That’s incorrect. By 1972 the World Health Organization had abandoned its campaign to “eradicate” malaria by suppressing mosquitoes long enough for the disease to die. Too many African governments, especially, never got aboard the bandwagon — only three African nations used DDT or otherwise joined that campaign. WHO had rolled the dice, knowing that if they couldn’t eradicate malaria by 1965 or so, mosquito resistance to DDT would cause the mosquitoes with the disease to come roaring back.

      DDT was banned for broadcast agricultural use in the U.S. because it was, by then, causing the spread of malaria-carrying, and other disease-carrying mosquitoes. The mosquitoes would be suppressed for a short time — but DDT killed of insect predators of mosquitoes, and it killed all other animals climbing up the food chain (“trophic levels” in biological terms). No benefit, much damage. Surely you don’t argue for doing ineffective things that cause harm.

      It is now known that DDT was not the cause of the problems with birds, and in fact is really very safe.

      That’s exactly wrong. Ms. Carson’s book has 53 pages of references to the science that demonstrate handily the harmful effects. The President’s Council of Scientific Advisors said a year later (1963) that Ms. Carson was optimistic, and action needed to come quickly. Every court that has ruled on the issue found DDT harmful, on the basis of scientific evidence. The evidence for damage to birds, fish, bats, lizards and amphibians in the EPA hearings of 1971 are lengthy, voluminous, and not contested by any scientific study. Two appellate courts found the weight of scientific evidence against DDT to be overwhelming in 1973, when the DDT manufacturers challenged EPA’s restrictions on use — under U.S. law, had the evidence of harm not been there, the restrictions would be illegal. The restrictions are still in effect today, which tells us there are no significant data against the harms of DDT today. The National Academy of Sciences in 1980 noted that DDT was a great benefit, but a greater harm. Discovery Magazine counted the studies, and in their November 2007 issue they noted more than 1,000 peer-reviewed studies showing the harmful effects of DDT on birds. There is no study contradicting the harms found, not one.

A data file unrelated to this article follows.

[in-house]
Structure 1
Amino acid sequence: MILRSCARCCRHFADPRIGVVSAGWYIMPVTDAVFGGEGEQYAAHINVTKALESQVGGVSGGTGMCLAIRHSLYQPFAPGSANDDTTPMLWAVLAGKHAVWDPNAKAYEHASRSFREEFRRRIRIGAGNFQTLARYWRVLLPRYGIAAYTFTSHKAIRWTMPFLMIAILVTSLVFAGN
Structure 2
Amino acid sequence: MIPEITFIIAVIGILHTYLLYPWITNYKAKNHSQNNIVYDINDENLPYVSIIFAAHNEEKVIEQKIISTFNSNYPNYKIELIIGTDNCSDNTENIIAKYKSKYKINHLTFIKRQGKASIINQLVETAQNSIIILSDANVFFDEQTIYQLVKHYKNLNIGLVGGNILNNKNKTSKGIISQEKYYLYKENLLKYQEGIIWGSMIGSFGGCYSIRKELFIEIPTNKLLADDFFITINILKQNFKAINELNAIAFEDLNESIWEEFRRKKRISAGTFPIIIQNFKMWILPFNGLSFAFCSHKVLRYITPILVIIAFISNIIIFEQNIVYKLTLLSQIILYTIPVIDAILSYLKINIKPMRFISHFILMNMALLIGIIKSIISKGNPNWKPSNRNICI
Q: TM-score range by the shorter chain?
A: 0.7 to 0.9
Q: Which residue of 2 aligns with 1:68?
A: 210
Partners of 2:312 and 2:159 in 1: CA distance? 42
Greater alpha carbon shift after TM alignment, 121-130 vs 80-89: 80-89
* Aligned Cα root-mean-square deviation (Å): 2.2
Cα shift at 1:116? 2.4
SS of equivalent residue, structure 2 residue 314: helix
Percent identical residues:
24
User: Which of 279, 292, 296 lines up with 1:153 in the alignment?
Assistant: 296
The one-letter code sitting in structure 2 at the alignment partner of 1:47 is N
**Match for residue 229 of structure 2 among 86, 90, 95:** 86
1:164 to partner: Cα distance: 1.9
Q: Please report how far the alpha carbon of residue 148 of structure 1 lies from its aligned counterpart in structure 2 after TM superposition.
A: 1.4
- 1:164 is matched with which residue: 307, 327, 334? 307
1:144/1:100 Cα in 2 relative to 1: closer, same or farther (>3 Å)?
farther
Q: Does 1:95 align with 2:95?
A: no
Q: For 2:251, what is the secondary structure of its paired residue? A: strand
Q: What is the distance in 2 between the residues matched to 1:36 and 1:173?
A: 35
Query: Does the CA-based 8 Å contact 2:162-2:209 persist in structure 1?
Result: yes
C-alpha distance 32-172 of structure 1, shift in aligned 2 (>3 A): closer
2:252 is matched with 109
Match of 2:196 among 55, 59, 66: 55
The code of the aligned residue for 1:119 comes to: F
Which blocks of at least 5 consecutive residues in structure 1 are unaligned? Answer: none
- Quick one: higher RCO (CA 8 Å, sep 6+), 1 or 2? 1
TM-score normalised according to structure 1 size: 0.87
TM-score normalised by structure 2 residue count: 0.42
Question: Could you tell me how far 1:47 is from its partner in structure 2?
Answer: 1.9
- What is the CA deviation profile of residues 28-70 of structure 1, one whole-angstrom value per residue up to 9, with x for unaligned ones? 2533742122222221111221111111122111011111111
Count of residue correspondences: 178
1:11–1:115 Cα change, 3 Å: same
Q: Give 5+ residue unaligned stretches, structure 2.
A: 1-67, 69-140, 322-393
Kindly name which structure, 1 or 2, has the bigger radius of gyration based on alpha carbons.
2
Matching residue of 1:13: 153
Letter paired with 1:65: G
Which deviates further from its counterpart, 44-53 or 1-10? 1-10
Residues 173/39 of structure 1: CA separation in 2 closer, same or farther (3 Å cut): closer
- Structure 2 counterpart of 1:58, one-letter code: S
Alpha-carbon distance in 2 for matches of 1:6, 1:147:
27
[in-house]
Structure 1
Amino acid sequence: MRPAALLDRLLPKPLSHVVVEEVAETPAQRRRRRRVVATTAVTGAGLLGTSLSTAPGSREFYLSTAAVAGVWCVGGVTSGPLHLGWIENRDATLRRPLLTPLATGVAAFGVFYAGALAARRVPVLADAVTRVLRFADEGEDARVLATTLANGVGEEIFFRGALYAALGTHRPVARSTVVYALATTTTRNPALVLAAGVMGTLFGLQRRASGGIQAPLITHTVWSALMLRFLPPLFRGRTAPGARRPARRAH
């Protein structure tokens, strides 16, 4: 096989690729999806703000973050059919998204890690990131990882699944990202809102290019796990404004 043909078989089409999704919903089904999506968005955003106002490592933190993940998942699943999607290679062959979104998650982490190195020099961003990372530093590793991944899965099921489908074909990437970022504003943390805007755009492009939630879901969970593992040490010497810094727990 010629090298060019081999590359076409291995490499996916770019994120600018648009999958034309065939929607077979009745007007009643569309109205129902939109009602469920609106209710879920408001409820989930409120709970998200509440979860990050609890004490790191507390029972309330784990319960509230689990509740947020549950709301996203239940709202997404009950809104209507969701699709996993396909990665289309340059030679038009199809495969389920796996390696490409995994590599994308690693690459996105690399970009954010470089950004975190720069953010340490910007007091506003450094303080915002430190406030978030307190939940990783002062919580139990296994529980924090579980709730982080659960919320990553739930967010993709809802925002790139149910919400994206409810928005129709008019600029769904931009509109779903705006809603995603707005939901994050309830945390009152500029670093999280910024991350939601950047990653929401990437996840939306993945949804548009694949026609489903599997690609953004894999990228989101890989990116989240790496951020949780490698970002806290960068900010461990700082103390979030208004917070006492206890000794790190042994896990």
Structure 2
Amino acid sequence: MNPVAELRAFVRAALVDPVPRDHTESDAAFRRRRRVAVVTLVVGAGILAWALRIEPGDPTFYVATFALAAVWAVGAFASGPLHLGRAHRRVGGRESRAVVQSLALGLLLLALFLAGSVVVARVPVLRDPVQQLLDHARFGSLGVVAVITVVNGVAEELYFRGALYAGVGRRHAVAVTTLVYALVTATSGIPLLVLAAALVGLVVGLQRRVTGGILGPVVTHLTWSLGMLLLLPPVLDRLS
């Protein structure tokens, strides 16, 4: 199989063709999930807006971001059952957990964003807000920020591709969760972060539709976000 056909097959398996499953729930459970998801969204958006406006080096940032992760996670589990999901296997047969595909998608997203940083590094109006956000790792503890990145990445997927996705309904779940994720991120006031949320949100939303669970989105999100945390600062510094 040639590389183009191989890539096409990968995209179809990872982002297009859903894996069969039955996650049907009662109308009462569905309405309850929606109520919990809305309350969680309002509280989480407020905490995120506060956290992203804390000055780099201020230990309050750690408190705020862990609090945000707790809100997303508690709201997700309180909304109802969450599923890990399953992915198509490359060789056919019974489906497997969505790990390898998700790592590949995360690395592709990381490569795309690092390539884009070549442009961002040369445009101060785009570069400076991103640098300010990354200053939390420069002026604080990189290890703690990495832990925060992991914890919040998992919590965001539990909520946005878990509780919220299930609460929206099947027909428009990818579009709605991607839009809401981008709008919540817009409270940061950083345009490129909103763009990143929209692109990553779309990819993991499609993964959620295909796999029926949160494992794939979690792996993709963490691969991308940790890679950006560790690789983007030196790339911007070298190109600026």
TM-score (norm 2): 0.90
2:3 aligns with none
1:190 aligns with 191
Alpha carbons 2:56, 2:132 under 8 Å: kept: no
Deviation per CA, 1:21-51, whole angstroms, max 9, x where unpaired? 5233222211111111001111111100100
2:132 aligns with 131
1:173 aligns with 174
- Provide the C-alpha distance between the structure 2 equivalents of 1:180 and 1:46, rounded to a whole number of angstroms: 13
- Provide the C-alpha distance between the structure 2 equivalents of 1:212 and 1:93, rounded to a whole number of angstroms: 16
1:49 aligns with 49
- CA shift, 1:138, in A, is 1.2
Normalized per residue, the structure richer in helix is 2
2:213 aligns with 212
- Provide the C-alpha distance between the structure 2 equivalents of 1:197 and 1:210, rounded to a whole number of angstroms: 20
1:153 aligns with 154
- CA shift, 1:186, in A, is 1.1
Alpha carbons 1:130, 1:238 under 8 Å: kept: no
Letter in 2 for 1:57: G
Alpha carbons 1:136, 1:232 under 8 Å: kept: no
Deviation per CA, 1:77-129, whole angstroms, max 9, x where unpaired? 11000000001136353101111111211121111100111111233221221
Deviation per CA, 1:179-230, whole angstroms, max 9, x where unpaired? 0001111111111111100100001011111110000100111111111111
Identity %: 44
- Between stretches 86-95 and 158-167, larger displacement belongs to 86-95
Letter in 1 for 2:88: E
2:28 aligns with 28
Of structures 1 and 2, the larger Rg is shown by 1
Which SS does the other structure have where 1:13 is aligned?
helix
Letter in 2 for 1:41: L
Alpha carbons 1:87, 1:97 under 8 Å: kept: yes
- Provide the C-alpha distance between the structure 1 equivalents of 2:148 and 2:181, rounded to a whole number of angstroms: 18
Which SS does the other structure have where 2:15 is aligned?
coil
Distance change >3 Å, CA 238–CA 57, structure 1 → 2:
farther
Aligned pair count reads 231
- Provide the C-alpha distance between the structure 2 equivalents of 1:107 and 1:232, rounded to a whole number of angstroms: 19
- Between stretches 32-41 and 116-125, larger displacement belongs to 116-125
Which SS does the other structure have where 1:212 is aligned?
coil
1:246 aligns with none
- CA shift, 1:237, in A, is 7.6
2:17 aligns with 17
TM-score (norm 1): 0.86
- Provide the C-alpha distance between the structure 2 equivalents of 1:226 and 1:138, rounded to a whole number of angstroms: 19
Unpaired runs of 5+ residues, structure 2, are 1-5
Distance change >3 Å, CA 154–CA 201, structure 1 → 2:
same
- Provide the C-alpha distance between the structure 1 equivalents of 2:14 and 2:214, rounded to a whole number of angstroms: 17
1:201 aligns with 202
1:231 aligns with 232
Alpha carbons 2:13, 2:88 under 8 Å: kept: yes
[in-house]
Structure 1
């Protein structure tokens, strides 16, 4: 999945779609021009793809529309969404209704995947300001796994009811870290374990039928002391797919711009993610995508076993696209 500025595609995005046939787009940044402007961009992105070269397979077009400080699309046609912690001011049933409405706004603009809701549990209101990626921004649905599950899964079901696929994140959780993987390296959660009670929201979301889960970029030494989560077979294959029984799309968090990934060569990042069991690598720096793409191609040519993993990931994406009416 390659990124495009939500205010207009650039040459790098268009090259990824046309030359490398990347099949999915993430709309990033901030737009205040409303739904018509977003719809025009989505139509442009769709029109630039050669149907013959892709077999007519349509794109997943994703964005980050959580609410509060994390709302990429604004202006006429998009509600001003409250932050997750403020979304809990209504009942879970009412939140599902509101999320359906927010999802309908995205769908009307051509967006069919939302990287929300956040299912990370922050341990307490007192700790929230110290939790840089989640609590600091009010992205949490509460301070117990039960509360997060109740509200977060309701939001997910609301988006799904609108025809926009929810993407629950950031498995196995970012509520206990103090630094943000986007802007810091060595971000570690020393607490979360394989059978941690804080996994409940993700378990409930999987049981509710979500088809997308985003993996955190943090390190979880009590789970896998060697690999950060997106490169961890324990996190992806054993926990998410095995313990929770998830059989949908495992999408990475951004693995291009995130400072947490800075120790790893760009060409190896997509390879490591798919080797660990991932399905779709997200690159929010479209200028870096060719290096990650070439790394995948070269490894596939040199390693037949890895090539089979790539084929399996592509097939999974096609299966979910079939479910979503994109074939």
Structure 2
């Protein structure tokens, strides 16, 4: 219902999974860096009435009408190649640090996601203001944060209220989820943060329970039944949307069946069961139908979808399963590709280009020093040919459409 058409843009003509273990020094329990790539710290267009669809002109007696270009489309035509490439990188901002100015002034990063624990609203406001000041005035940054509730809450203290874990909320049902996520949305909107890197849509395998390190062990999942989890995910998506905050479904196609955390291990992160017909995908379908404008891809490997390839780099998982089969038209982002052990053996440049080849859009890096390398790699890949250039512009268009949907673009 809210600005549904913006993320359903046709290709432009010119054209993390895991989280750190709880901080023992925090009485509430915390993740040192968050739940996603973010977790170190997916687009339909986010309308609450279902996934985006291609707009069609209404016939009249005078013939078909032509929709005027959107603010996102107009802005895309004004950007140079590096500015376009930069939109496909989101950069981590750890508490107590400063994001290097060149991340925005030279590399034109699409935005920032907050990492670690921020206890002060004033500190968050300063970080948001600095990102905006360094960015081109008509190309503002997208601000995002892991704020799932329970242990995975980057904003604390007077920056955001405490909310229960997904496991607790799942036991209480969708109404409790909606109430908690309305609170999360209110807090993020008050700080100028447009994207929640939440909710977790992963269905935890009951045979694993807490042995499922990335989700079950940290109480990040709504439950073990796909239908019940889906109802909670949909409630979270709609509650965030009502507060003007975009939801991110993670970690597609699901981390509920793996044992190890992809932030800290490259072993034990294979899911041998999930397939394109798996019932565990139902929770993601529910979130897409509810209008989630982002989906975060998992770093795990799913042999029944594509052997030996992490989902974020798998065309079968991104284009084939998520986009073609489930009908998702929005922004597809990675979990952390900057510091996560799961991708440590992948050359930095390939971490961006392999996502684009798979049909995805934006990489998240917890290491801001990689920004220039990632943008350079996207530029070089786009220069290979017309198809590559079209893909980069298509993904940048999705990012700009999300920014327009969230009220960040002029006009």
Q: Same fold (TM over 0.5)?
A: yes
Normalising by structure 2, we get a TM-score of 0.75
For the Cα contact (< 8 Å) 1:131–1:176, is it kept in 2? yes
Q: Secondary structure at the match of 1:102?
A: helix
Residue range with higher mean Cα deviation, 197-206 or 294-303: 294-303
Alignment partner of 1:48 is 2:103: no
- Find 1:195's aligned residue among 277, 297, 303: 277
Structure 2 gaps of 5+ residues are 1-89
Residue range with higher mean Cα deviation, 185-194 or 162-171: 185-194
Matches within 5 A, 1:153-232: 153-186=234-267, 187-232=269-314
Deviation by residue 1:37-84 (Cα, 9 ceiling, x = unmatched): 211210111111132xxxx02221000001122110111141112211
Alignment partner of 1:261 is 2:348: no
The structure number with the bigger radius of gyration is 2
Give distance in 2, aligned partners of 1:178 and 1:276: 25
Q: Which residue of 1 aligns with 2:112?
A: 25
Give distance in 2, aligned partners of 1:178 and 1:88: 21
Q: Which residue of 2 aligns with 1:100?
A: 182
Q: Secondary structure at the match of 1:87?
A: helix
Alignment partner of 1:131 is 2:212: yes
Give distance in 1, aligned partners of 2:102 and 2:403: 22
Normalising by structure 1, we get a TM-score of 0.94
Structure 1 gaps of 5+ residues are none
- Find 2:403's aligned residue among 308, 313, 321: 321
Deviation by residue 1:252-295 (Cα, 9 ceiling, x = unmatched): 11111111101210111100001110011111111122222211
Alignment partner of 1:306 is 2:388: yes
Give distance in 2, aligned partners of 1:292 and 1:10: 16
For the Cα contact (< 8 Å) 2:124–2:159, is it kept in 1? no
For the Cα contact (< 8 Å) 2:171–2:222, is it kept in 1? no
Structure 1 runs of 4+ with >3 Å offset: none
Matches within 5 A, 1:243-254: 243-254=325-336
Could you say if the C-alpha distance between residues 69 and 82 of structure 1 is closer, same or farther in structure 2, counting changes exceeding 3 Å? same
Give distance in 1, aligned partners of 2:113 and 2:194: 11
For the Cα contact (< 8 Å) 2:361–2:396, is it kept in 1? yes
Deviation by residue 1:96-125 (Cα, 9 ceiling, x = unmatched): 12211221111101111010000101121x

Worse, we know now that DDT is an endocrine disruptor. It mimics estrogen once loosed in the wild. This causes sexual development problems in insects, fish, lizards, amphibians, birds, and mammals, including humans. In humans and other mammals it causes testicle shrinkage and mammary swelling in men, and premature puberty in women. Most endocrine disruptors are carcinogenic, as indeed are most of the other organophosphate chemicals related to DDT. Fortunately, DDT is not highly acutely toxic to humans, due to the size of most humans (less than an ounce killed a five-year-old kid, but the case was not well documented, and the DDT was ready for spraying, which meant it was mixed with kerosene; kerosene is rarely fatal at that small amount, however, and the kids clearly had DDT poisoning symptoms). Also fortunately, DDT appears to have only weak carcinogenic effects for direct exposure. Unfortunately, as an endocrine disruptor, DDT appears to cause cancers in the offspring of children exposed — the same sorts of difficulties DDT shows in birds, lizards, amphibians, fish and insects. A recent study showed a solid correlation to breast cancer in daughters of women exposed to DDT. DDT is listed by every cancer fighting organization as a “probable human carcinogen.”

      Perhaps most tellingly, the recovery of raptors at the top of food chains in the wild correlates exactly with the decrease in residual DDT in their tissues. The bald eagle came off the endangered species list this year, thanks to the ban on broadcast use of DDT. Peregrine falcons, brown pelicans, and osprey have similarly recovered, as have many other fish-eating and estuary-preying birds. There is no study I’ve ever found that contradicts the finding that these recoveries correlate exactly with the drop in DDT in the parents’ bodies.

      The effects of the ban are also clear. Diseases that had been virtually eliminated in places have now returned. Malaria alone kills between one and two million people a year. Yet despite the evidence to the contrary, for many a theoretical threat to the environment, is more important that the actual deaths of tens of millions and the ban remains in effect.